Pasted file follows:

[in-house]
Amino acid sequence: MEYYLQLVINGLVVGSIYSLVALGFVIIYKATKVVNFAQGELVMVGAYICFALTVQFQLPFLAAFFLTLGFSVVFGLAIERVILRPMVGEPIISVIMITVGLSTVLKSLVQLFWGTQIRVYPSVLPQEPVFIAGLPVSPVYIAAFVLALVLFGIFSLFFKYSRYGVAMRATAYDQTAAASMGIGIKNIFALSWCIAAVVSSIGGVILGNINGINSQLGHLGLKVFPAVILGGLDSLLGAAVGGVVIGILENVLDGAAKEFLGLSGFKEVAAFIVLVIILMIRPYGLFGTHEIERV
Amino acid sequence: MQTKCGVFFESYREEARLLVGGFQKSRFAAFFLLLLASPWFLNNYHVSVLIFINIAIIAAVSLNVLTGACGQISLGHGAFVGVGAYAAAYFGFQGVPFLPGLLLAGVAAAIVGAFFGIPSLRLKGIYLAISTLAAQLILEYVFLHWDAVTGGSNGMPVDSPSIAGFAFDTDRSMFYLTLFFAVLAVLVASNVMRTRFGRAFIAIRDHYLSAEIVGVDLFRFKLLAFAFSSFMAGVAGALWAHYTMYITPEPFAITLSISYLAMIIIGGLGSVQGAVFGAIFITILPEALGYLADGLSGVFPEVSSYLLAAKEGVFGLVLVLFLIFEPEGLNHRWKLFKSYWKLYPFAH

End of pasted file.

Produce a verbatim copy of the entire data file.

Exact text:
[in-house]
Amino acid sequence: MEYYLQLVINGLVVGSIYSLVALGFVIIYKATKVVNFAQGELVMVGAYICFALTVQFQLPFLAAFFLTLGFSVVFGLAIERVILRPMVGEPIISVIMITVGLSTVLKSLVQLFWGTQIRVYPSVLPQEPVFIAGLPVSPVYIAAFVLALVLFGIFSLFFKYSRYGVAMRATAYDQTAAASMGIGIKNIFALSWCIAAVVSSIGGVILGNINGINSQLGHLGLKVFPAVILGGLDSLLGAAVGGVVIGILENVLDGAAKEFLGLSGFKEVAAFIVLVIILMIRPYGLFGTHEIERV
Amino acid sequence: MQTKCGVFFESYREEARLLVGGFQKSRFAAFFLLLLASPWFLNNYHVSVLIFINIAIIAAVSLNVLTGACGQISLGHGAFVGVGAYAAAYFGFQGVPFLPGLLLAGVAAAIVGAFFGIPSLRLKGIYLAISTLAAQLILEYVFLHWDAVTGGSNGMPVDSPSIAGFAFDTDRSMFYLTLFFAVLAVLVASNVMRTRFGRAFIAIRDHYLSAEIVGVDLFRFKLLAFAFSSFMAGVAGALWAHYTMYITPEPFAITLSISYLAMIIIGGLGSVQGAVFGAIFITILPEALGYLADGLSGVFPEVSSYLLAAKEGVFGLVLVLFLIFEPEGLNHRWKLFKSYWKLYPFAH